Date of Award

1987

Degree Type

Thesis

Degree Name

Master of Arts in Marine Affairs

Abstract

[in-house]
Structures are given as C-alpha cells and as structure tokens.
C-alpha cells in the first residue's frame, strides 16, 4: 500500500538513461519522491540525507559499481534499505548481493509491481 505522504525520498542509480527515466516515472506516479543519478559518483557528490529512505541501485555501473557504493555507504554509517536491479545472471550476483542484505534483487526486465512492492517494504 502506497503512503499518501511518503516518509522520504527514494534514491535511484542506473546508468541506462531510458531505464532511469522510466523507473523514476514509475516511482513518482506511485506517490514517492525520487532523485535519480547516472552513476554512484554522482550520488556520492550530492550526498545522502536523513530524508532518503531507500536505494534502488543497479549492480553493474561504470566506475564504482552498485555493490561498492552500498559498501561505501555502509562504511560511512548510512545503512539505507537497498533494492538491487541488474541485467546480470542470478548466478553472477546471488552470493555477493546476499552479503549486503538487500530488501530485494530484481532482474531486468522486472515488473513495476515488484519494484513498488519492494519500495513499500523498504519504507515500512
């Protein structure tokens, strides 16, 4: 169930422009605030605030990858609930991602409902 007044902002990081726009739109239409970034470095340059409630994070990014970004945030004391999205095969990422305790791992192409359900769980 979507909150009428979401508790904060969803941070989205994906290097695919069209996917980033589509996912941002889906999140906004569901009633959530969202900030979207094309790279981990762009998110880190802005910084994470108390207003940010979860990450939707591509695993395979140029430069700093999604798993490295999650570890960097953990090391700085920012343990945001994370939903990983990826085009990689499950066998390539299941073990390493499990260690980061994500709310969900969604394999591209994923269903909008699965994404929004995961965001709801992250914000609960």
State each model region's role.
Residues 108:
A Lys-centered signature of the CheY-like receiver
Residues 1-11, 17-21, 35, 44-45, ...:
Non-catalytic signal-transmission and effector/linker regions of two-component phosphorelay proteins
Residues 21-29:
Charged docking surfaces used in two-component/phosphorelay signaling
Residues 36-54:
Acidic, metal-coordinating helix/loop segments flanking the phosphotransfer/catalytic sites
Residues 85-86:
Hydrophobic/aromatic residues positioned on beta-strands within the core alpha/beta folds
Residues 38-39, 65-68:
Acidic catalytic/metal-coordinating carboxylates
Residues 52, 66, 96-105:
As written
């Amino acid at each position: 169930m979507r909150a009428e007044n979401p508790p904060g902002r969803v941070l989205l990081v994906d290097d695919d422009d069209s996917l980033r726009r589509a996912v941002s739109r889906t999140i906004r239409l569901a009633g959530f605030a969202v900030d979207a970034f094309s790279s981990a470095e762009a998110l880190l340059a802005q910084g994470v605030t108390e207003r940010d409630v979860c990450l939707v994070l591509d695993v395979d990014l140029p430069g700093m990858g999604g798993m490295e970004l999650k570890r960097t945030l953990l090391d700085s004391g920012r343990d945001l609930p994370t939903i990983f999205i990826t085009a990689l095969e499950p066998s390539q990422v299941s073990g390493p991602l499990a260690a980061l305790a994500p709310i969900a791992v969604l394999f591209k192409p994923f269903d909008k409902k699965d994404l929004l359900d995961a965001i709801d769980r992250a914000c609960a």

The purpose of this thesis was to explore the limited entry alternative of fishery management by examining the history of a particular limited entry scheme: the Massachusetts inshore commercial lobster fishery license limitation law. A review was made of existing limited entry theory, followed by a description of limited entry programs extant in U.S. fisheries. The legislative and political histories of the Massachusetts lobster fishery limited entry program was then examined. The limited entry law was then analyzed by comparing what actually occurred with what is supposed to occur according to limited entry theory. A quantitative analysis of changes in catch per unit of effort resulting from the law was demonstrated. Major events resulting from the limited entry law were then examined. The overall conclusion of this thesis was that the limited entry program for this fishery has failed to achieve its objectives, but is not a failed policy. In effect, Massachusetts went half way to achieving the system they knew they needed for limited entry to be successful. This thesis concludes with a proposal on how the State should use limited entry in a new comprehensive lobster fishery management plan.